• Texasfees vary according to number/severity of offenses
  • Utah$170 reinstatement, plus an additional $65
  • Vermont$73 reinstatement
  • Virginia$100 reinstatement
  • Washington$150 reinstatement
  • West Virginia$50 but varies according to number/severity of offenses
  • Wisconsin$140 reinstatement
  • Wyoming$50 reinstatement

Installing an Ignition Interlock Device

While DUI license-suspension periods vary from 3 months to 2 years, having an ignition interlock device fitted to your vehicle may allow you to shorten the length of suspension time if you are a 2nd or 3rd offender. An ignition interlock device is simply a breathalyzer (a device that measures the blood alcohol concentration in a person’s breath to establish how intoxicated they are) for an individual’s vehicle. It requires the driver to blow into a mouthpiece on the device before starting and/or continuing to operate the vehicle.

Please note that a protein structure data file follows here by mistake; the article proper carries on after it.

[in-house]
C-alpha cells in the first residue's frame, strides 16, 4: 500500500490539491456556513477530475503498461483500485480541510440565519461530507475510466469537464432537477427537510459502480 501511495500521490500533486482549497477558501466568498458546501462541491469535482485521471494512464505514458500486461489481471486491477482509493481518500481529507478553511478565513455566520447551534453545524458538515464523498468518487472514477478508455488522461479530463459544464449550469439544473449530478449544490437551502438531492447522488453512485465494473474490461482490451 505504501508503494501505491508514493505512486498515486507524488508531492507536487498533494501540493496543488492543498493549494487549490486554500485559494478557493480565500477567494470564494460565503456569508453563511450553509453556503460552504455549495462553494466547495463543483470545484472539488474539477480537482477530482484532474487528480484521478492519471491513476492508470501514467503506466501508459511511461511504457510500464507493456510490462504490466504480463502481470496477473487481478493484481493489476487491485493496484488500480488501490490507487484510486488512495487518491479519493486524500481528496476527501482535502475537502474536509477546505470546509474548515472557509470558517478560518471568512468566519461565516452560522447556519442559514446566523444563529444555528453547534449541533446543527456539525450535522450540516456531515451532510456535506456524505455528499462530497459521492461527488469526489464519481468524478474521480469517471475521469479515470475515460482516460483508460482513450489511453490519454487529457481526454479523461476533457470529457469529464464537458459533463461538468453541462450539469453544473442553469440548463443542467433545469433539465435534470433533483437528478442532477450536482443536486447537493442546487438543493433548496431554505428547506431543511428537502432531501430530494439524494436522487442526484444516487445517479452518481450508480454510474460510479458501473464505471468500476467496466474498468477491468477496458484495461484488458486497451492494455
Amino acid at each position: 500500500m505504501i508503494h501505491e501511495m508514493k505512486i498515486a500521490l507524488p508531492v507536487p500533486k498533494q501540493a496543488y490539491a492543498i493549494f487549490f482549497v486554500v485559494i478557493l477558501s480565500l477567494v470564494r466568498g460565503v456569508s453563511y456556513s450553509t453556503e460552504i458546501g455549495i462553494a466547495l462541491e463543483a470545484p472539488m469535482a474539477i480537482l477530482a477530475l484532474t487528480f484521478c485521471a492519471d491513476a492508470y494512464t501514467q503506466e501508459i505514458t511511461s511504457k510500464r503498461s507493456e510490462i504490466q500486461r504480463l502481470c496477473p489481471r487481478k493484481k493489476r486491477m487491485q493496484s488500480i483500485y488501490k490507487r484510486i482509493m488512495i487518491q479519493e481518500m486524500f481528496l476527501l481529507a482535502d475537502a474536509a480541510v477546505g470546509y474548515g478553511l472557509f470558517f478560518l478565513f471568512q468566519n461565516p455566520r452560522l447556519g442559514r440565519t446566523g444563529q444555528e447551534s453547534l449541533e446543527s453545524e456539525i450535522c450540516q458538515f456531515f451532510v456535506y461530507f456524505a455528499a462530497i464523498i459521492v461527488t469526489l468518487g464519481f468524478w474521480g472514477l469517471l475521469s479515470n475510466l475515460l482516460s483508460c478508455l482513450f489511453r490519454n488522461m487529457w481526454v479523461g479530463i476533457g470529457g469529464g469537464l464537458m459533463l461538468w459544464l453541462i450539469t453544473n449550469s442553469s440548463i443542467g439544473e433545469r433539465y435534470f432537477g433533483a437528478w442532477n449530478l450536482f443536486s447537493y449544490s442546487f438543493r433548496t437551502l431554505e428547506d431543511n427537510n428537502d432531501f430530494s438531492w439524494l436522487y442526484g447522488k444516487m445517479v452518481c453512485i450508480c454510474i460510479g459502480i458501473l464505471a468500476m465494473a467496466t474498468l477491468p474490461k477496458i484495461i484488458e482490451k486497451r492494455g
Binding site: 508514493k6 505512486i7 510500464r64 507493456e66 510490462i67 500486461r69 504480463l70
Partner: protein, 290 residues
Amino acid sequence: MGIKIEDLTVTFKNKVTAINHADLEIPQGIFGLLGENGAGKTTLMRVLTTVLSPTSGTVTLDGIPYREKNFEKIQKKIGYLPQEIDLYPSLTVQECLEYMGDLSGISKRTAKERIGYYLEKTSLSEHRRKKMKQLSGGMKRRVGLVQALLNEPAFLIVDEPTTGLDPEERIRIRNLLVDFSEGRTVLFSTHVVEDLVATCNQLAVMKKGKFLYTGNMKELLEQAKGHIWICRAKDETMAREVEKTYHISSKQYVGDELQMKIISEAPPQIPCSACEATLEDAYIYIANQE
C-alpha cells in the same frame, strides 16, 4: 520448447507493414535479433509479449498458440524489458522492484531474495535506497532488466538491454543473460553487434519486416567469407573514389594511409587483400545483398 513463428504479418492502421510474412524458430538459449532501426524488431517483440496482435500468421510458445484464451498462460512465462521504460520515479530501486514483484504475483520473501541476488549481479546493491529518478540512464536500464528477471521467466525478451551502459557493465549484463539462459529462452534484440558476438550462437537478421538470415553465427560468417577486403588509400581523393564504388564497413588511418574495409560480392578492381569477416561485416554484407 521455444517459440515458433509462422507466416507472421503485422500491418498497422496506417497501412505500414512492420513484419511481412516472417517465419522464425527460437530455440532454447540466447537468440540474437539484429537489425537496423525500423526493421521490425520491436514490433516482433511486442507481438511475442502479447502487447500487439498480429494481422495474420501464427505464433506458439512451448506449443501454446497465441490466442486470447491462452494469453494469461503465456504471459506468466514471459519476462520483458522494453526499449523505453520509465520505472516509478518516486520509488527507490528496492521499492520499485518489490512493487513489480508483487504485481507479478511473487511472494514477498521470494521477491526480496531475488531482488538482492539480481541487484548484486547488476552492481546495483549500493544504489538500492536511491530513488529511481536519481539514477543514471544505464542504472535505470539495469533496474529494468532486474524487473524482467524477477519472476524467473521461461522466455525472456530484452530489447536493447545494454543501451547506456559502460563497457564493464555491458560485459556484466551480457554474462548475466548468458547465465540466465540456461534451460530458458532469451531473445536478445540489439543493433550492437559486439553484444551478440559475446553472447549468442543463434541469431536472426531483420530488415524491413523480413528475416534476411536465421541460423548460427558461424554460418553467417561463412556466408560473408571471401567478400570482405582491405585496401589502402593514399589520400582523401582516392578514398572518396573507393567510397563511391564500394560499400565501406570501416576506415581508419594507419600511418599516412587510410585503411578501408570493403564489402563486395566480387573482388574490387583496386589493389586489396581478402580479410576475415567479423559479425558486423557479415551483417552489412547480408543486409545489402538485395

Consult a DUI attorney to see if you qualify, and then take the following steps:

  • Have the car breathalyzer professionally installed on your vehicle
  • Fill out and submit your verification-of-installation form to the DMV
  • Complete submit proof of all DWI counseling mandates
  • Provide proof of insurance
  • Pay all court-appointed fees

To guide you in knowing if your state has made such provisions, here is a quick-reference chart of states that may allow ignition interlock devices in lieu of suspension or to shorten your suspension period. 

  • California
    • First offense 
      • Choose between a 6-month interlock device or 1-year license suspension.
      • .15+ BAC or 2 or more traffic violations can result in a year sentence. 
    • Second offense
      • 12 months 
  • Florida 
    • First offense 
      • 6 months if ordered by a judge
      • .15+ BAC is mandatory 6 months
    • Second offense 
      • 12 months
  • Georgia 
    • First offense 
      • 4 months in lieu of license suspension
    • Second offense 
      • 12 months
  • Indiana